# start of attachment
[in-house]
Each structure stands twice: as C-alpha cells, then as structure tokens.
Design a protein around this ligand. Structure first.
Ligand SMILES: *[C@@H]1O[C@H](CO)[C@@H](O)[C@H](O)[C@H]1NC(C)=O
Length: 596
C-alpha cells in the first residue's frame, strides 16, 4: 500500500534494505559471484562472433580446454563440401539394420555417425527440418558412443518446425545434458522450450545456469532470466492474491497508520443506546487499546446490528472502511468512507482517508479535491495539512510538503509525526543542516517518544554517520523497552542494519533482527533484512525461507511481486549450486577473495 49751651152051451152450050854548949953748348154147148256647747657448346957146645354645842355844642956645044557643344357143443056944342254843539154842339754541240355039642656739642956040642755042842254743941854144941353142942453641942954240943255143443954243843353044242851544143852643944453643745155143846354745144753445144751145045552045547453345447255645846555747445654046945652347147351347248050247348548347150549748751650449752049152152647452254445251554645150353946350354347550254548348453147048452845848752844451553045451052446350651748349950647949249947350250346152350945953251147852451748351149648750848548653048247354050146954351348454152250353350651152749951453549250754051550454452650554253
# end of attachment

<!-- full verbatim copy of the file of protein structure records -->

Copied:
[in-house]
Each structure stands twice: as C-alpha cells, then as structure tokens.
Design a protein around this ligand. Structure first.
Ligand SMILES: *[C@@H]1O[C@H](CO)[C@@H](O)[C@H](O)[C@H]1NC(C)=O
Length: 596
C-alpha cells in the first residue's frame, strides 16, 4: 500500500534494505559471484562472433580446454563440401539394420555417425527440418558412443518446425545434458522450450545456469532470466492474491497508520443506546487499546446490528472502511468512507482517508479535491495539512510538503509525526543542516517518544554517520523497552542494519533482527533484512525461507511481486549450486577473495 49751651152051451152450050854548949953748348154147148256647747657448346957146645354645842355844642956645044557643344357143443056944342254843539154842339754541240355039642656739642956040642755042842254743941854144941353142942453641942954240943255143443954243843353044242851544143852643944453643745155143846354745144753445144751145045552045547453345447255645846555747445654046945652347147351347248050247348548347150549748751650449752049152152647452254445251554645150353946350354347550254548348453147048452845848752844451553045451052446350651748349950647949249947350250346152350945953251147852451748351149648750848548653048247354050146954351348454152250353350651152749951453549250754051550454452650554253